Last updateWed, 18 Oct 2017 12am

Diana Jarrett

The Story Behind the Stone: Sliced, Asymmetrical and Adored

Riding the wave of fervent obsession with diamond slices, colorful gemstone slices and asymmetrical shapes have now found their way into pricey couture goods. There is no doubt that the interest stirred by skillful mountings set with unique sliced stones as a central focus is captivating. No two stones are alike, and their irregularities are further heightened when paired with classic diamonds in designer settings.

The Story Behind the Stone: Glisten to me

High gold prices have ramped up the ingenuity of jewelers who intend to stay in the game for the long haul. It’s highly unlikely we’ll see triple digit gold prices again. The longer we live in this new normal of high metal prices, the more designers and manufacturers must exhibit creativity in giving consumers what they want at price points they can accept.

The Story Behind the Stone: A brief history of the power cuff

A generation of women who came of age in the 1970s knew how to rock Wonder Woman’s iconic stance with crossed wrists ready to deflect bullets - all the while wearing some hot looking cuffs. Actually, cuffs predate popular culture. Both men and women from unrelated ancient civilizations wore some version of these wrist accessories. Beside their highly dramatic appeal, they could point to the social, religious or military status of the wearer.

The Story Behind the Stone: Can you say Chrysophrase?

Jarrett-AprilChrysophrase; oh sure, that’s easy for you to say. But can you spell it? That’s where many a jeweler trips up. Spelled chrysoprase, chrysophrase or chrysoprasus, this opaque gemstone variety of chalcedony owes its lively hue to small quantities of nickel. Find this stone in tints ranging from apple-green to deep green. The darker varieties of chrysoprase are also referred to as prase. Got it? Me neither.

Yet, this ancient material that once adorned office accessories or found its way onto book ends in aristocratic libraries has found a new fan base. Jewelry collectors have verged away from transparent gems exclusively, and now see the allure of opaque stones like chrysophrase.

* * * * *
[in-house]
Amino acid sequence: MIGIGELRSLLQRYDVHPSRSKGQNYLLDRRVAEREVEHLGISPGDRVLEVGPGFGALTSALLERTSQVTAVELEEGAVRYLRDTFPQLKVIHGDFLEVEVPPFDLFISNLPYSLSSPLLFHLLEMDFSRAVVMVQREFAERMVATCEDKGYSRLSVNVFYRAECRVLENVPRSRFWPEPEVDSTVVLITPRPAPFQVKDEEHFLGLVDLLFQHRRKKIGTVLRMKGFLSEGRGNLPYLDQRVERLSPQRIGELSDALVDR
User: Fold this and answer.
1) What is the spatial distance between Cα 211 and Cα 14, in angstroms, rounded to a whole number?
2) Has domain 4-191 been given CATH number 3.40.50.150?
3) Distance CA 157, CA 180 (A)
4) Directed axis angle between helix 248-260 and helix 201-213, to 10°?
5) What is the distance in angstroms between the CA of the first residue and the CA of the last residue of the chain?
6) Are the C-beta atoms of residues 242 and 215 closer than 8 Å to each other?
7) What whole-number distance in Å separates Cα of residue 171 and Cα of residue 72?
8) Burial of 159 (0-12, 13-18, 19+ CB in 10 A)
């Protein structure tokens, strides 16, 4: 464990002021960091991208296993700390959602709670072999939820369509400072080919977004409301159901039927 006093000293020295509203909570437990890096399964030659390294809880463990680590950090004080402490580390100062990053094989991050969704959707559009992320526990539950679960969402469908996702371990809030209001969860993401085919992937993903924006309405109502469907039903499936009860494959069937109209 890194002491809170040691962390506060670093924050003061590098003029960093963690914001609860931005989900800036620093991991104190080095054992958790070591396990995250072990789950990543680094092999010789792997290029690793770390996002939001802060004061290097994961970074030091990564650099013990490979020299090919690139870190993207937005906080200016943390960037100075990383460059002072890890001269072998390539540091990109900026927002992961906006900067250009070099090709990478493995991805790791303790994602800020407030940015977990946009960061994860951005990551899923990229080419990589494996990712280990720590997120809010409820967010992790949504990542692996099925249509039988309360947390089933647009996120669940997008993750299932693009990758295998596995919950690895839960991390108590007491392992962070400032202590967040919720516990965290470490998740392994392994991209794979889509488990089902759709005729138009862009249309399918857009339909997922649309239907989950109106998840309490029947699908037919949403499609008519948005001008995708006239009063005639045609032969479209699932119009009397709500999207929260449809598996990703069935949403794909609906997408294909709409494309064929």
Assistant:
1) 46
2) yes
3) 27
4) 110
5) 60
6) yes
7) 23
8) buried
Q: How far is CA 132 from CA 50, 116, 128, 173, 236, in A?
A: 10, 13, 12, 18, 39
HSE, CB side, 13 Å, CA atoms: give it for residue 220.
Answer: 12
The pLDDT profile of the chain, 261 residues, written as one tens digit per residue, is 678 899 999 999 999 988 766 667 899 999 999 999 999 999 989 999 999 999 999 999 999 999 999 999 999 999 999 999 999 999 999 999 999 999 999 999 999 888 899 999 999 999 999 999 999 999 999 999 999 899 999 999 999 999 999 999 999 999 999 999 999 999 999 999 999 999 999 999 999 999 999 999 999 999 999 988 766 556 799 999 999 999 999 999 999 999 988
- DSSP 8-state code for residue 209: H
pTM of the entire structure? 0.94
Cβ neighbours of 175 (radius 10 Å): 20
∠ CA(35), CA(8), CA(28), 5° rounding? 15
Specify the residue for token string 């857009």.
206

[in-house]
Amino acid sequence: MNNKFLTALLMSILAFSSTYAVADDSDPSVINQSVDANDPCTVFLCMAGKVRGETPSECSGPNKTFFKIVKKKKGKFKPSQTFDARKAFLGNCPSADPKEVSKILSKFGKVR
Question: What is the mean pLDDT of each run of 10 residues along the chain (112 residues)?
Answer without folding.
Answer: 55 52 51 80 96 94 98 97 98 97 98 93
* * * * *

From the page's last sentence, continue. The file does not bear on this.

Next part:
Not relegated to artsy-craftsy cottage industry jewelry makers, this verdant stone is accented with quality diamonds, and mounted in fine karat gold. Like other opaque stones, veining and slight differences in color make this gem as unique as the designer who works it into an original design.

Jarrett-April-1Retailers are more and more seeing the wisdom in adding opaque stones to their inventory. This way, customers with a yen for the unconventional yet beautiful jewel will be able to consider these lovelies. And since Pantone, Inc. pronounced the upbeat emerald green as the color for 2013, it’s the ideal time to promote this gem.

Award winning trade journalist and gemologist Diana Jarrett is a Registered Master Valuer Appraiser and a member of the National Association of Jewelry Appraisers (NAJA). She’s a popular speaker at conferences and trade shows. Jarrett writes for trade and consumer publications, online outlets, Color-n-Ice blog, and at www.jewelrywebsitedesigners.com. Contact her at This email address is being protected from spambots. You need JavaScript enabled to view it., visit her website at www.dianajarrett.com, and/or follow her on Facebook and Twitter (Loupey).


The Story Behind the Stone - The Geology of Glamour

Highly traditional jewelry has given way to a preference for the individualized look amongst today’s jewelry collectors. One-offs from big name designers are the rarified domain of deep pockets. But savvy retailers who want to offer a unique experience to their customers seek out exotic stones to accomplish this mission.

The Story Behind the Stone: Tempting with topaz

Perennially favored, blue is a universally adored gemstone hue. It brings to mind the open skies as well as pristine seas. No wonder cruise line passengers and others gravitate to it on their jewelry shopping excursions.

The short list for desirability in all colored stones with serious collectors includes hardness and its ability to produce an outstanding brilliance. The priciest blue hued stones include sapphire, spinel, diamonds with or without heat treatment, and tanzanite.

The Story Behind the Stone: East meets West in a clever turn

Jarrett-JanAn eye-shaped gemstone, known as the Marquise cut, is not a new stone shape. In fact, it is thought to owe its delightful silhouette to Madame de Pompadour, the mistress of 18th century French King Louis XV. It is alleged that he commissioned this diamond cut to resemble his mistress’ beautifully shaped mouth.

For most of its long history, the Marquise cut gemstone has been placed in jewelry in a vertical orientation. Set in a ring, the Marquise cut with its slender shape and gracefully pointed tips at both ends tends to elongate a lady’s finger, creating an elegant look.